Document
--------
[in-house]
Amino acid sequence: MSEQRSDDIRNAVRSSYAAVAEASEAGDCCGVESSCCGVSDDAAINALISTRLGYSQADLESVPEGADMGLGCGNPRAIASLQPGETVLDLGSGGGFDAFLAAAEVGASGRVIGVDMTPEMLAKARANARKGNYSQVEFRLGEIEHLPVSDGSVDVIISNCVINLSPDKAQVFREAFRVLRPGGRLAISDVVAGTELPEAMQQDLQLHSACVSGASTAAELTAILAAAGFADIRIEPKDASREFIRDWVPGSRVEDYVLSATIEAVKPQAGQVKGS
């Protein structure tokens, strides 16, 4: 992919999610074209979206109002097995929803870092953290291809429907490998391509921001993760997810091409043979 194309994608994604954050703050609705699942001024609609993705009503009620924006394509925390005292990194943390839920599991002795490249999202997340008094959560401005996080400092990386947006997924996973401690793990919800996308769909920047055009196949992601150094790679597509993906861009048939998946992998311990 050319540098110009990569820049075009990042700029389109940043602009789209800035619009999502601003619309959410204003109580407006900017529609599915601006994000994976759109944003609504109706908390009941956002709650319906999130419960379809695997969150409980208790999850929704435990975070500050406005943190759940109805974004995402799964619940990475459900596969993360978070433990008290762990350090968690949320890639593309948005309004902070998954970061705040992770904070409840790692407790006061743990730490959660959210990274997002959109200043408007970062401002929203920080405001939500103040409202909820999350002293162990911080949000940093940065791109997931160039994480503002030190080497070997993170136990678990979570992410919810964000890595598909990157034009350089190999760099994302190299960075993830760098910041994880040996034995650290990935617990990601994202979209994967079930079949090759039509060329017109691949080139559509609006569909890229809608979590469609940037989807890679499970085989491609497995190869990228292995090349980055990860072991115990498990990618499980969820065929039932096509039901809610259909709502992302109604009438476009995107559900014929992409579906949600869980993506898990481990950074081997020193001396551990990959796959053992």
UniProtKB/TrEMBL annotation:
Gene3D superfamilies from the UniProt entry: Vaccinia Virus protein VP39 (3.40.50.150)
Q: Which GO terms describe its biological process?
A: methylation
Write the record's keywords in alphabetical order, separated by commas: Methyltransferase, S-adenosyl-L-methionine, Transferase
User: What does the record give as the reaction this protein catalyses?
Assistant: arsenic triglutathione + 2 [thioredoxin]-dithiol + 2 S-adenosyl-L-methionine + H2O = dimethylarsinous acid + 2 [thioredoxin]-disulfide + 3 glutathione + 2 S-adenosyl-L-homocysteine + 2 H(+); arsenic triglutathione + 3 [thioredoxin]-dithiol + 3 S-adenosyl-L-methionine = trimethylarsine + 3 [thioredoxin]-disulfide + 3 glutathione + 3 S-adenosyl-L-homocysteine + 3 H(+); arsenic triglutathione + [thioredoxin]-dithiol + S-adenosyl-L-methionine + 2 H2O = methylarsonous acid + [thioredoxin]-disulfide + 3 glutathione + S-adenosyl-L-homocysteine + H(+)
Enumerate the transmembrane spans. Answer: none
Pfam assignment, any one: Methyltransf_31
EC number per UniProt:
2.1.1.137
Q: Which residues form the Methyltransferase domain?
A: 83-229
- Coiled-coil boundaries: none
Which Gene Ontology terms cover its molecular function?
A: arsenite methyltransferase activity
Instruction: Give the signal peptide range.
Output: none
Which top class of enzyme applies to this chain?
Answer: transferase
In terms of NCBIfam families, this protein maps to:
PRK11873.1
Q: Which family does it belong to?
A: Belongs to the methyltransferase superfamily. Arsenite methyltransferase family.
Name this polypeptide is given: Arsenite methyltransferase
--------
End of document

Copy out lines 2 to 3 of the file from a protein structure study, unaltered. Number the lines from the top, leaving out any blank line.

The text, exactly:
Amino acid sequence: MSEQRSDDIRNAVRSSYAAVAEASEAGDCCGVESSCCGVSDDAAINALISTRLGYSQADLESVPEGADMGLGCGNPRAIASLQPGETVLDLGSGGGFDAFLAAAEVGASGRVIGVDMTPEMLAKARANARKGNYSQVEFRLGEIEHLPVSDGSVDVIISNCVINLSPDKAQVFREAFRVLRPGGRLAISDVVAGTELPEAMQQDLQLHSACVSGASTAAELTAILAAAGFADIRIEPKDASREFIRDWVPGSRVEDYVLSATIEAVKPQAGQVKGS
């Protein structure tokens, strides 16, 4: 992919999610074209979206109002097995929803870092953290291809429907490998391509921001993760997810091409043979 194309994608994604954050703050609705699942001024609609993705009503009620924006394509925390005292990194943390839920599991002795490249999202997340008094959560401005996080400092990386947006997924996973401690793990919800996308769909920047055009196949992601150094790679597509993906861009048939998946992998311990 050319540098110009990569820049075009990042700029389109940043602009789209800035619009999502601003619309959410204003109580407006900017529609599915601006994000994976759109944003609504109706908390009941956002709650319906999130419960379809695997969150409980208790999850929704435990975070500050406005943190759940109805974004995402799964619940990475459900596969993360978070433990008290762990350090968690949320890639593309948005309004902070998954970061705040992770904070409840790692407790006061743990730490959660959210990274997002959109200043408007970062401002929203920080405001939500103040409202909820999350002293162990911080949000940093940065791109997931160039994480503002030190080497070997993170136990678990979570992410919810964000890595598909990157034009350089190999760099994302190299960075993830760098910041994880040996034995650290990935617990990601994202979209994967079930079949090759039509060329017109691949080139559509609006569909890229809608979590469609940037989807890679499970085989491609497995190869990228292995090349980055990860072991115990498990990618499980969820065929039932096509039901809610259909709502992302109604009438476009995107559900014929992409579906949600869980993506898990481990950074081997020193001396551990990959796959053992």